Seng Yue S, Benvenga S, Scarsi C, Loprete L, Ducharme MP. When bioequivalence in healthy volunteers may not translate to bioequivalence in patients: differential effects of increased gastric pH on the pharmacokinetics of levothyroxine capsules and tablets. J Pharm Pharm Sci. 2015;18(5):844-855.
Kennedy J. Herb and supplement use in the US adult population. Clin Ther. 2005;27(11):1847-1858.
Tirosint-SOL [package insert]. Lugano, Switzerland: Institut Biochimique SA (IBSA); 2018.
Based on RelayHealth eVoucherRx™ Network pharmacy paid claims from April 2018–March 2019.
TIROSINT® (levothyroxine sodium) capsules, is a prescription medicine that contains a hormone called levothyroxine which is normally produced in your body by the thyroid gland. It is meant to replace the hormone to treat a condition called hypothyroidism. TIROSINT is not for use in people with temporary hypothyroidism caused by thyroiditis, or inflammation of the thyroid gland
Tirosint Important Safety Information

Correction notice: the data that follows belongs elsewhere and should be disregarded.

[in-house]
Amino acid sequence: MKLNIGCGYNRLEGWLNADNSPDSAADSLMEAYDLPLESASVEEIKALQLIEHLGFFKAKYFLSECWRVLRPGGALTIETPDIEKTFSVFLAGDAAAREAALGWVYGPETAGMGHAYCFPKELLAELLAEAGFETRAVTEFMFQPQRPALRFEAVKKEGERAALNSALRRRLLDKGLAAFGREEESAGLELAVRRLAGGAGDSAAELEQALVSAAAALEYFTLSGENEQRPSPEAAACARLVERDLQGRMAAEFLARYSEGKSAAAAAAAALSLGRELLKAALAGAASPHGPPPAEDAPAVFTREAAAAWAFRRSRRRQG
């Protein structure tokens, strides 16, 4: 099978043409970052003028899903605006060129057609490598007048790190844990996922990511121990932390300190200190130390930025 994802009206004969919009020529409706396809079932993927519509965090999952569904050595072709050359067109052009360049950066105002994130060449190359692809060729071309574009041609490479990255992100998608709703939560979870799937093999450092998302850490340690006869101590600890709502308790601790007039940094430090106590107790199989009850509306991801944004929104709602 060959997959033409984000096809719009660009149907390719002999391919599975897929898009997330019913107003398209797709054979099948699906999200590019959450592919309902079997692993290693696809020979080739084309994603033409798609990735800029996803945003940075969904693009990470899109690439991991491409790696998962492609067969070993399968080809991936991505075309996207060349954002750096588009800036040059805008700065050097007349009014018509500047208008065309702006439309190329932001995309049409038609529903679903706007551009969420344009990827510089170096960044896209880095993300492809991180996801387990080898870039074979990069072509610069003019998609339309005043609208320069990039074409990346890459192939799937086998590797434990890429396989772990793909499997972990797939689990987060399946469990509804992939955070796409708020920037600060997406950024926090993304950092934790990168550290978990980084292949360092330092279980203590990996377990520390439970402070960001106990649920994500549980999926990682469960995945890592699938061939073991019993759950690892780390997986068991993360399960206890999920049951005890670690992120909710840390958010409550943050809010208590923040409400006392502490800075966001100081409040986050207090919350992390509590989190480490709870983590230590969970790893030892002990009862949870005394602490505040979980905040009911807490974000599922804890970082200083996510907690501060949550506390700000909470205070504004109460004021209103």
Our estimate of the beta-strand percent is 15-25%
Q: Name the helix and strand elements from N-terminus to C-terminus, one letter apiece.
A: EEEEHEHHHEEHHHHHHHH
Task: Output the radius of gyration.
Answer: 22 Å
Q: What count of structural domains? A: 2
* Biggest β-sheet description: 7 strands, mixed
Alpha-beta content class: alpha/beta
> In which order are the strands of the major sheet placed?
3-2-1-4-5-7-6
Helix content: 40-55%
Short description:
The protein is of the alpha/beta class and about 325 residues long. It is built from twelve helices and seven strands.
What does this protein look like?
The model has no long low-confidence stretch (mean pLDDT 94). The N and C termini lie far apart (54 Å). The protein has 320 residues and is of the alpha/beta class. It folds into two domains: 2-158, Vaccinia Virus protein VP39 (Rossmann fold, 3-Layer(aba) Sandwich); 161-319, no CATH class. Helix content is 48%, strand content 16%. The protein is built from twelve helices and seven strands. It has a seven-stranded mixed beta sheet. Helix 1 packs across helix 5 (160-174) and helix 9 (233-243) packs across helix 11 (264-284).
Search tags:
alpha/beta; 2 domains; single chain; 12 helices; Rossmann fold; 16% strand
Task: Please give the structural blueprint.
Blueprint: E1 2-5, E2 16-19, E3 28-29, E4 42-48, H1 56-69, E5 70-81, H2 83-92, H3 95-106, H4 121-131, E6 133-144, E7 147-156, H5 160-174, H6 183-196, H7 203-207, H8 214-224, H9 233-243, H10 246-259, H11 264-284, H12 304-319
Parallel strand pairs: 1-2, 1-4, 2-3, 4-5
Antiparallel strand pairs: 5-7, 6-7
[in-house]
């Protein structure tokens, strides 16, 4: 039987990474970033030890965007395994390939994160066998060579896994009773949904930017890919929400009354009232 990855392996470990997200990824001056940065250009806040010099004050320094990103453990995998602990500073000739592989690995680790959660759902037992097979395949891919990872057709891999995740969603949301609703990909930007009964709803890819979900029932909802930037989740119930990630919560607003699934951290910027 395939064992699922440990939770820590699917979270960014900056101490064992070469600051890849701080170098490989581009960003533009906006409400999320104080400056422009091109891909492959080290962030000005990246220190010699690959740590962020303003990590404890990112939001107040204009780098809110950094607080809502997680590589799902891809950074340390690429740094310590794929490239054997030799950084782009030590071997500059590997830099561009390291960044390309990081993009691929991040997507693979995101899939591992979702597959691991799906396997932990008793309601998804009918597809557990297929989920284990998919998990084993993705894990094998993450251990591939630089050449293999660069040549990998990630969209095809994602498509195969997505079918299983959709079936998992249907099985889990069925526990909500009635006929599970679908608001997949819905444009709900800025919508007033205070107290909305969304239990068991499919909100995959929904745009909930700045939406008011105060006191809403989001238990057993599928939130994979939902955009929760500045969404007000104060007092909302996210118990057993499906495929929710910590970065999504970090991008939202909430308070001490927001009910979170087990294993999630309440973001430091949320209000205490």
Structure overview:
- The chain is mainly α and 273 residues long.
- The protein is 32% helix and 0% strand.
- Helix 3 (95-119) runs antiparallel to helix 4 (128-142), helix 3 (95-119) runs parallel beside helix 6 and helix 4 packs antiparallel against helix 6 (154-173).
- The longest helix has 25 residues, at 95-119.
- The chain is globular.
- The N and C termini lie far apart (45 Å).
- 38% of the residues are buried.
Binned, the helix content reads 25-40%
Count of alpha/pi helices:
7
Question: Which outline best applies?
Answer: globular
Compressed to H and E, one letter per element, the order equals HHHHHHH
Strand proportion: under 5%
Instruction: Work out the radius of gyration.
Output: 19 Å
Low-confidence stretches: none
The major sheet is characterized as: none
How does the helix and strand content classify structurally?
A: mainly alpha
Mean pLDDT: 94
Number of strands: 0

IMPORTANT SAFETY INFORMATION for TIROSINT (levothyroxine sodium) CAPSULES
NOT FOR TREATMENT OF OBESITY OR FOR WEIGHT LOSS
Thyroid hormones, including TIROSINT, either alone or with other therapeutic agents, should not be used for the treatment of obesity or for weight loss.
In euthyroid patients, doses within the range of daily hormonal requirements are ineffective for weight reduction.
Larger doses may produce serious or even life threatening manifestations of toxicity, particularly when given in association with sympathomimetic amines such as those used for their anorectic effects.
What is the most important information you should know about TIROSINT?
TIROSINT® (levothyroxine sodium) is a prescription medicine that contains a hormone called levothyroxine which is normally produced in your body by the thyroid gland. It is used to treat adults and children 6 years of age and older:
To replace or give extra levothyroxine in people whose thyroid gland does not naturally produce enough (a condition called hypothyroidism).
Who need surgery and radioiodine therapy to manage a type of thyroid cancer called thyroid-dependent well-differentiated thyroid cancer.